While the dessert with universal appeal has become associated both with France and, since the outset of the twentieth century, with Trinity College, Cambridge, it originated in neither place. Instead, in the guise of burnt cream, the custard first appears in seventeenth century cookbooks from London. Mrs. Grigson’s version draws upon the recipe of an unidentified old friend and is unusual in calling for crème fraiche instead of cream itself because she thought her friend “gets a custard that” she suspects “is closer to the original flavour than anything we can now produce here, with our bland-tasting cream.” Six servings.
- 20 oz crème fraiche
- a cinnamon stick
- peel of a lemon
- 2 eggs
- 6 yolks
- Push the cinnamon and lemon into the crème fraiche and allow the flavors to infuse in the refrigerator overnight.
Preheat the oven to 300°.
- Remove the cinnamon and lemon from the crème fraiche.
- Beat together the eggs and yolks, then add them to the crème fraiche.
- Divide the custard between six ramekins and bake for 30 minutes, then let them cool and refrigerate until chilled.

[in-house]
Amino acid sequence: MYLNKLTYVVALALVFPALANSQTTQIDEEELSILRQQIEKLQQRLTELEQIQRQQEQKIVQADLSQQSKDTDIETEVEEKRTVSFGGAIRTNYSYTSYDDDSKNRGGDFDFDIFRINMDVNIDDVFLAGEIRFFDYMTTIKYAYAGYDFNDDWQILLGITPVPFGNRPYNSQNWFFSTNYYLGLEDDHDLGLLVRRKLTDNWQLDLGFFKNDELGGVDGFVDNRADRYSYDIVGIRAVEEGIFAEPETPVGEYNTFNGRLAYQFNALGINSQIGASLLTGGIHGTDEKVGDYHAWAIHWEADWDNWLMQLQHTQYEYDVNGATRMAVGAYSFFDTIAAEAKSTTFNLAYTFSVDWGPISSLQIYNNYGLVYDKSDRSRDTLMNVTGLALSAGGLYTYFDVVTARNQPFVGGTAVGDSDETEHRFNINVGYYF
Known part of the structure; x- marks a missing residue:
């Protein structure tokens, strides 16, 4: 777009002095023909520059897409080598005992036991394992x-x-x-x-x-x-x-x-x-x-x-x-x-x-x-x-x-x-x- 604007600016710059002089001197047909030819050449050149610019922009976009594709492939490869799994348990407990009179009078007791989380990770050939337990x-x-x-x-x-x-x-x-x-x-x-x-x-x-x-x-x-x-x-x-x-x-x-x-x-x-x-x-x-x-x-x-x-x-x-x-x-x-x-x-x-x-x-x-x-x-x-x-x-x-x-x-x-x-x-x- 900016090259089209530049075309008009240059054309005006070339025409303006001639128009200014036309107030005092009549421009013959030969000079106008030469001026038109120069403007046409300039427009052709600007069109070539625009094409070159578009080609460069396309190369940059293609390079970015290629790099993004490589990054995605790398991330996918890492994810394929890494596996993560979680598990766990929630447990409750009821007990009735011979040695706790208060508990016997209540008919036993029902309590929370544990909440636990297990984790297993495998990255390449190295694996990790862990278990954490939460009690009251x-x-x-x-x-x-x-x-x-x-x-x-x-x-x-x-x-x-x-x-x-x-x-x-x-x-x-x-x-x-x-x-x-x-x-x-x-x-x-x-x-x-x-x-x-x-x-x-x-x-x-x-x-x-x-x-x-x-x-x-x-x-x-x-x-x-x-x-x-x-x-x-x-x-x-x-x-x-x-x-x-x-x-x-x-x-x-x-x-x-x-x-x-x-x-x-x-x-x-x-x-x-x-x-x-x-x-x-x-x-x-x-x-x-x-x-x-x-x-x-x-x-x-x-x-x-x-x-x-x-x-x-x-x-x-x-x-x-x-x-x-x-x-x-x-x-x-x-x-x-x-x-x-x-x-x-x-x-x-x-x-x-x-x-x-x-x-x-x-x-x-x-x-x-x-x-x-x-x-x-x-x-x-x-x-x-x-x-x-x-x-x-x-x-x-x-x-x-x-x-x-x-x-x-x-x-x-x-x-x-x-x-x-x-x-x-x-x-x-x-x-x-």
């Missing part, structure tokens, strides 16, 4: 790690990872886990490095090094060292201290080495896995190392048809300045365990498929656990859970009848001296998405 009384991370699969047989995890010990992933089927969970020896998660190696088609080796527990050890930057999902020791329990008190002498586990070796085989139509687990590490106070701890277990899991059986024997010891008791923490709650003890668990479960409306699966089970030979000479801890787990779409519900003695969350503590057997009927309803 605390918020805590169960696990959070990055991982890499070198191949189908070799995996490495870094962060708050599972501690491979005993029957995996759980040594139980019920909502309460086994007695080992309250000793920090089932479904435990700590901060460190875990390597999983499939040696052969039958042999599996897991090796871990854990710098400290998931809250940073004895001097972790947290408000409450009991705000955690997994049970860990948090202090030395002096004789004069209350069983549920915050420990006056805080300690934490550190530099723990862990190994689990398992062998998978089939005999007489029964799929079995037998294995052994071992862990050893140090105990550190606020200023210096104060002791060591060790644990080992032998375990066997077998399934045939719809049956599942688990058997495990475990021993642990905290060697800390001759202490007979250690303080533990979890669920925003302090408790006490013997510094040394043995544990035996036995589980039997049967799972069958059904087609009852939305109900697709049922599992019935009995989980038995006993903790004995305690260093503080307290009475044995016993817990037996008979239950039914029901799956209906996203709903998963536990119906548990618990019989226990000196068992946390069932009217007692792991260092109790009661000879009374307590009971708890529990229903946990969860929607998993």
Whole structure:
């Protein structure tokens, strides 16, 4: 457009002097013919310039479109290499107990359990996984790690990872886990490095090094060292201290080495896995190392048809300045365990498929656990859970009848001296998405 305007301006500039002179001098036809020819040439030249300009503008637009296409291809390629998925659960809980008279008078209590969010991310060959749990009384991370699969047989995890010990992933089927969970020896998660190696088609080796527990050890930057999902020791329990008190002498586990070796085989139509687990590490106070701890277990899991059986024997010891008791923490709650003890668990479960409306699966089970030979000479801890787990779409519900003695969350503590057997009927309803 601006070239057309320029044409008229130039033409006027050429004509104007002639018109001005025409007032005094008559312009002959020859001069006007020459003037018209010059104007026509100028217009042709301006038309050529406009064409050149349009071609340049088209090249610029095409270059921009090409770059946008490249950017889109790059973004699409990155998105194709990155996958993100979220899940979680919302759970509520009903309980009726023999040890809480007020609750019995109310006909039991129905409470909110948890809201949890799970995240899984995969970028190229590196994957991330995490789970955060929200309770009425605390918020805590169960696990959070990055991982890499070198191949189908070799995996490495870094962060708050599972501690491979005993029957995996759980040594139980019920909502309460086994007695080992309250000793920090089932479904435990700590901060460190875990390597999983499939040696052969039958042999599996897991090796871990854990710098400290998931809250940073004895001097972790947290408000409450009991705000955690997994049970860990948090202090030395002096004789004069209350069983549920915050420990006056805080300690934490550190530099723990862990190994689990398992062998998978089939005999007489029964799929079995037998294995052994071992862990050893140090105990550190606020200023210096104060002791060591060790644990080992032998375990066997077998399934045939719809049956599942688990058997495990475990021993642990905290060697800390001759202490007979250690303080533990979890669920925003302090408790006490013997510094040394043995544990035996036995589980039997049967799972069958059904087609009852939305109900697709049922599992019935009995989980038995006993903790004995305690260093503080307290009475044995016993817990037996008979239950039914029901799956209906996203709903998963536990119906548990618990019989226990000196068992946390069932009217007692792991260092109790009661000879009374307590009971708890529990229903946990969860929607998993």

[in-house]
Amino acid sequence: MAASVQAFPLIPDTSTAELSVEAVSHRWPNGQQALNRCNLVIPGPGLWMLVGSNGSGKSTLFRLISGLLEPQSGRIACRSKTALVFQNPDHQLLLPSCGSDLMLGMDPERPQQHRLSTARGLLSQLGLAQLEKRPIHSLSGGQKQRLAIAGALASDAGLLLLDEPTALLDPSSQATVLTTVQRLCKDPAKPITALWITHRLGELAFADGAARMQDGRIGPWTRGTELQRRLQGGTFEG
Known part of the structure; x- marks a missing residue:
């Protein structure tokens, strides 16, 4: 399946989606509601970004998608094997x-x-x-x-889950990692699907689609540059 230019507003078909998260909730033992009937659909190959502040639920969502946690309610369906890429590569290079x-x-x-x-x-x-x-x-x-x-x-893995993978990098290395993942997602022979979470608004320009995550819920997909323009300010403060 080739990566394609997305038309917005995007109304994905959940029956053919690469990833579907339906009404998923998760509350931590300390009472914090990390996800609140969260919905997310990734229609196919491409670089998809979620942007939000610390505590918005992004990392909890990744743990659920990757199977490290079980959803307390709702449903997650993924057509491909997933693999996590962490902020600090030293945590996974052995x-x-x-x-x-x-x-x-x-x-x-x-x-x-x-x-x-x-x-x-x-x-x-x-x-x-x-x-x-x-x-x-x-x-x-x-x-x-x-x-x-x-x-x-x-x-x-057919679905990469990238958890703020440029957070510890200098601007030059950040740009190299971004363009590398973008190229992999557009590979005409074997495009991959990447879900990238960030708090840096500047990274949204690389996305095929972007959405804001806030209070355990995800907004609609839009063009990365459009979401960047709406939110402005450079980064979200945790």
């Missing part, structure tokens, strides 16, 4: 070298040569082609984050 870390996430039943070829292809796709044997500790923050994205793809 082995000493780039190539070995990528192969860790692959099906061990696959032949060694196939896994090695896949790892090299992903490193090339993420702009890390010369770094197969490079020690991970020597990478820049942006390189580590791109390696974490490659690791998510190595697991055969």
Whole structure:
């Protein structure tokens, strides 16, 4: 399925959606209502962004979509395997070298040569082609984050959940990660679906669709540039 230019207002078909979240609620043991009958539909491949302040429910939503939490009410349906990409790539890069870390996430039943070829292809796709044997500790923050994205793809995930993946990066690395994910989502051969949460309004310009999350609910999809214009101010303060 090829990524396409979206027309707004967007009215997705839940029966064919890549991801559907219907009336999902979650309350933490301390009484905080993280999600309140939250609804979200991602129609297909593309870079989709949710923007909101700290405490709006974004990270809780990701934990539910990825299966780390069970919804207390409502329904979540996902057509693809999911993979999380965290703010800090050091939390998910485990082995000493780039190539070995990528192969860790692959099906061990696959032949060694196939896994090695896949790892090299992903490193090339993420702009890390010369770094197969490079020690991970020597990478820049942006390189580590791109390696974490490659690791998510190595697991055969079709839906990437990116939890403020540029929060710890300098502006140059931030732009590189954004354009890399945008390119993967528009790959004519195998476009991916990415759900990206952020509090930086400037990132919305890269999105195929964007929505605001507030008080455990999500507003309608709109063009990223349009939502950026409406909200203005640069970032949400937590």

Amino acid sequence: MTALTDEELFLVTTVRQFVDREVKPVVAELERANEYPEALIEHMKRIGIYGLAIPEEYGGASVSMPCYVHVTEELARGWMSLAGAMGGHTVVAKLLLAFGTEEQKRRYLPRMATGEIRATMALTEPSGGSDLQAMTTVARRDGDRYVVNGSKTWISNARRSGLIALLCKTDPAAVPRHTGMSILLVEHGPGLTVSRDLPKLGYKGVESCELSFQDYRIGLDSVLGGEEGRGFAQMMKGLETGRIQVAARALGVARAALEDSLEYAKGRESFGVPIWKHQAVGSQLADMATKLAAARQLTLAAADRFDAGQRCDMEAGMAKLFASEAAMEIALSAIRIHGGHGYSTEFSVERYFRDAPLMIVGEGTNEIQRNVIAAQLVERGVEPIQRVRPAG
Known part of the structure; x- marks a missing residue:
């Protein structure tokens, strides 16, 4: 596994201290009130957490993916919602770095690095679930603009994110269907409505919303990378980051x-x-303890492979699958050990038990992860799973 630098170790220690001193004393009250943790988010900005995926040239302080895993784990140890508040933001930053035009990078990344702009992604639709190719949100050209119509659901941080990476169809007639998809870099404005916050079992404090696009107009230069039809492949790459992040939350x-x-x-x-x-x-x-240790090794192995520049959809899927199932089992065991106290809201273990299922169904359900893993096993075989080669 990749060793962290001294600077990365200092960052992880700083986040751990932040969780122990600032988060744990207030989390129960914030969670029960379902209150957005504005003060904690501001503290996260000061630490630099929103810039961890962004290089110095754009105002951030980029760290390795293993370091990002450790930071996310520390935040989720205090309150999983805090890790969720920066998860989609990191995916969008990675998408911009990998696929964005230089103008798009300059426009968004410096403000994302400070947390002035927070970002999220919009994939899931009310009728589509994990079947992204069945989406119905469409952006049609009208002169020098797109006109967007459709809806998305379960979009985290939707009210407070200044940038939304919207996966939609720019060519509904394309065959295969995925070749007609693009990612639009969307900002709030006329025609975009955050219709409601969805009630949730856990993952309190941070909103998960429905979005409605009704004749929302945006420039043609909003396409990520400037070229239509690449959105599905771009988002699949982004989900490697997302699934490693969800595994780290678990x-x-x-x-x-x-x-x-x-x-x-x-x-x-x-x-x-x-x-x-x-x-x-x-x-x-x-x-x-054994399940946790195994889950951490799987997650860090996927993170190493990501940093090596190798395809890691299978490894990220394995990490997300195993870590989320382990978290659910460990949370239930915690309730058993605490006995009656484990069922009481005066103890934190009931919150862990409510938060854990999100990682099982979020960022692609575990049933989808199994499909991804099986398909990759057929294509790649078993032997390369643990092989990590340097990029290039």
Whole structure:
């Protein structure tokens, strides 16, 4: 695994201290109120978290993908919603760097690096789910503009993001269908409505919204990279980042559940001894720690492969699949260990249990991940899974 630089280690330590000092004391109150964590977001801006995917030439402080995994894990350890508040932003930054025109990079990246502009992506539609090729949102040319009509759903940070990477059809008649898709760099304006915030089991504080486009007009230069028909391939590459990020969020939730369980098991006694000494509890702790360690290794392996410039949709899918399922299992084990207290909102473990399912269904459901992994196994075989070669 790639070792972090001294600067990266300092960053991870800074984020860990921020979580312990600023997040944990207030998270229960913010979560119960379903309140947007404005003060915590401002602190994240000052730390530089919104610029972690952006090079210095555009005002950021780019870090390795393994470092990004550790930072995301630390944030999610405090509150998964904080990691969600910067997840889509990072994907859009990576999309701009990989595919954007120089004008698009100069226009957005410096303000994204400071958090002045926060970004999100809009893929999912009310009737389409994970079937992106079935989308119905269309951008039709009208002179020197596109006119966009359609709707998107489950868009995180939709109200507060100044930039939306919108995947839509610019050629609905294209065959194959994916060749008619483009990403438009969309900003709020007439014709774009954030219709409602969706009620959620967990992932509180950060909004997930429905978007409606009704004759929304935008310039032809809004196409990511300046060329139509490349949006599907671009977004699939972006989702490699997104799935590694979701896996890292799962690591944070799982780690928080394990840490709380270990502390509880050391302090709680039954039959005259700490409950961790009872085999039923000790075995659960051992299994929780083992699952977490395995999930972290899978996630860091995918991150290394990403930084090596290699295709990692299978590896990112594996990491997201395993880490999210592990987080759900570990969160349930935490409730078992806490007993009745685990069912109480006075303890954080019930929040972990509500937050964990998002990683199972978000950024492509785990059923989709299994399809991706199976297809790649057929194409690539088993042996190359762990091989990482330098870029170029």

Light the broiler.
- Cover each ramekin with a layer of sugar about ¼ inch thick, set them “in a dish of ice to keep the custard from overheating” and blast them under the broiler until the sugar produces “an even glassy surface patterned with caramel browns.”
-This is not the sweetest dessert, which we believe enhances its appeal. If, however, you want something sweeter, substitute heavy cream for some or all of the crème fraiche.
-Quotations are from Mrs. Grigson’s British Cookery published in New York during 1985.
-If you have a blowtorch it will work faster than the broiler and will make it easier to evenly blast the sugar brown.
-For British readers a broiler is synonymous with the grill.